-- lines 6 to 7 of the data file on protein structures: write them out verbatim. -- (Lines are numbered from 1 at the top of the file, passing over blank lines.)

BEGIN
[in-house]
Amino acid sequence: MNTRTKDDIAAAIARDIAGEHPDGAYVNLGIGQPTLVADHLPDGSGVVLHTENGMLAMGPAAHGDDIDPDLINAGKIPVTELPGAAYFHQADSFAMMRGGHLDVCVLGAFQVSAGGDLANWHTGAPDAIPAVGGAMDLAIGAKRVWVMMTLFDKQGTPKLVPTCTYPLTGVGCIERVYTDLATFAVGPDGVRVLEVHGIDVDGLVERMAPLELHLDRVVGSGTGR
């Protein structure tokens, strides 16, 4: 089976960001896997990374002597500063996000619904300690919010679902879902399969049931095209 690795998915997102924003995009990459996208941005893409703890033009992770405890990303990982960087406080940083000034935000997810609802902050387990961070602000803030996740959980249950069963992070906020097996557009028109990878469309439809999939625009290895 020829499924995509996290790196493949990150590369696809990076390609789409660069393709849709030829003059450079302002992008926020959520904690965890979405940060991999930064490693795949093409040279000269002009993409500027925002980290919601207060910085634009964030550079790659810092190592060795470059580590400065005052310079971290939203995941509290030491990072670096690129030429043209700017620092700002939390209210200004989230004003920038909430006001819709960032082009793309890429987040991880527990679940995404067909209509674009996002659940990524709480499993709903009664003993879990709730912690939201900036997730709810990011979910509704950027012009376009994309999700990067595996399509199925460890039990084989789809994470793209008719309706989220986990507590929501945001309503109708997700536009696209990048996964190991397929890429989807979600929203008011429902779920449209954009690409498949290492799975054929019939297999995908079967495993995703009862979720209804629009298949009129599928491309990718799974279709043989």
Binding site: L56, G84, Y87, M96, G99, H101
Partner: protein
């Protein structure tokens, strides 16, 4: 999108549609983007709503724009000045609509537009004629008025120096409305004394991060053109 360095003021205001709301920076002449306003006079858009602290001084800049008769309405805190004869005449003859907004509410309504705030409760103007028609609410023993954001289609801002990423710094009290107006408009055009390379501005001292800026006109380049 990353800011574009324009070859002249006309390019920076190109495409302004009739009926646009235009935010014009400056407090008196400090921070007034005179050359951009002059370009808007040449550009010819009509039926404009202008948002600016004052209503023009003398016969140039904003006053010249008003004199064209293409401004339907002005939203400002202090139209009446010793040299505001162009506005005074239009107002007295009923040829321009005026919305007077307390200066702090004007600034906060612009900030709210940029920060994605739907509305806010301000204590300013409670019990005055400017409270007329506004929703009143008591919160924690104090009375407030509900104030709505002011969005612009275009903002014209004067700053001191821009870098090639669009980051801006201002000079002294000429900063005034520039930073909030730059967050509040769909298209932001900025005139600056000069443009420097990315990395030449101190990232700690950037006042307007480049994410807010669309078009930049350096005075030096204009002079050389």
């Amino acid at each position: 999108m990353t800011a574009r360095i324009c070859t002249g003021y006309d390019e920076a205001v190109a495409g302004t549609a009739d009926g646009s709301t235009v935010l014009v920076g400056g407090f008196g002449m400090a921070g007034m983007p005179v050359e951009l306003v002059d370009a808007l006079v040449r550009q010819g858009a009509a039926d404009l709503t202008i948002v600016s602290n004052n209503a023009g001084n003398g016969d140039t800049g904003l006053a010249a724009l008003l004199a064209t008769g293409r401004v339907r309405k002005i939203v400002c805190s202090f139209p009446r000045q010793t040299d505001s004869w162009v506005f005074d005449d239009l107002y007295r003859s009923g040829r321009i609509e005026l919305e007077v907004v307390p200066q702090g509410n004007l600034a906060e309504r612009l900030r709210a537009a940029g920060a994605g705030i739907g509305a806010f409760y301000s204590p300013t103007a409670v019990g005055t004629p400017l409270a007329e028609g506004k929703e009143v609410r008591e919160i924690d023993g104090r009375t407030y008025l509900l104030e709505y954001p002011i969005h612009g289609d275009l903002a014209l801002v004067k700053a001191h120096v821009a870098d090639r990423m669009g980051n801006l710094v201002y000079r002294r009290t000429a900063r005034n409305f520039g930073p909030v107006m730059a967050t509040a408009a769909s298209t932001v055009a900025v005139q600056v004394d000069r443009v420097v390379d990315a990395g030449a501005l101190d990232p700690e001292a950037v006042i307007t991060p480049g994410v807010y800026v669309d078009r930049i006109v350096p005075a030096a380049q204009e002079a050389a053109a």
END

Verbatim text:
């Protein structure tokens, strides 16, 4: 999108549609983007709503724009000045609509537009004629008025120096409305004394991060053109 360095003021205001709301920076002449306003006079858009602290001084800049008769309405805190004869005449003859907004509410309504705030409760103007028609609410023993954001289609801002990423710094009290107006408009055009390379501005001292800026006109380049 990353800011574009324009070859002249006309390019920076190109495409302004009739009926646009235009935010014009400056407090008196400090921070007034005179050359951009002059370009808007040449550009010819009509039926404009202008948002600016004052209503023009003398016969140039904003006053010249008003004199064209293409401004339907002005939203400002202090139209009446010793040299505001162009506005005074239009107002007295009923040829321009005026919305007077307390200066702090004007600034906060612009900030709210940029920060994605739907509305806010301000204590300013409670019990005055400017409270007329506004929703009143008591919160924690104090009375407030509900104030709505002011969005612009275009903002014209004067700053001191821009870098090639669009980051801006201002000079002294000429900063005034520039930073909030730059967050509040769909298209932001900025005139600056000069443009420097990315990395030449101190990232700690950037006042307007480049994410807010669309078009930049350096005075030096204009002079050389």
């Amino acid at each position: 999108m990353t800011a574009r360095i324009c070859t002249g003021y006309d390019e920076a205001v190109a495409g302004t549609a009739d009926g646009s709301t235009v935010l014009v920076g400056g407090f008196g002449m400090a921070g007034m983007p005179v050359e951009l306003v002059d370009a808007l006079v040449r550009q010819g858009a009509a039926d404009l709503t202008i948002v600016s602290n004052n209503a023009g001084n003398g016969d140039t800049g904003l006053a010249a724009l008003l004199a064209t008769g293409r401004v339907r309405k002005i939203v400002c805190s202090f139209p009446r000045q010793t040299d505001s004869w162009v506005f005074d005449d239009l107002y007295r003859s009923g040829r321009i609509e005026l919305e007077v907004v307390p200066q702090g509410n004007l600034a906060e309504r612009l900030r709210a537009a940029g920060a994605g705030i739907g509305a806010f409760y301000s204590p300013t103007a409670v019990g005055t004629p400017l409270a007329e028609g506004k929703e009143v609410r008591e919160i924690d023993g104090r009375t407030y008025l509900l104030e709505y954001p002011i969005h612009g289609d275009l903002a014209l801002v004067k700053a001191h120096v821009a870098d090639r990423m669009g980051n801006l710094v201002y000079r002294r009290t000429a900063r005034n409305f520039g930073p909030v107006m730059a967050t509040a408009a769909s298209t932001v055009a900025v005139q600056v004394d000069r443009v420097v390379d990315a990395g030449a501005l101190d990232p700690e001292a950037v006042i307007t991060p480049g994410v807010y800026v669309d078009r930049i006109v350096p005075a030096a380049q204009e002079a050389a053109a």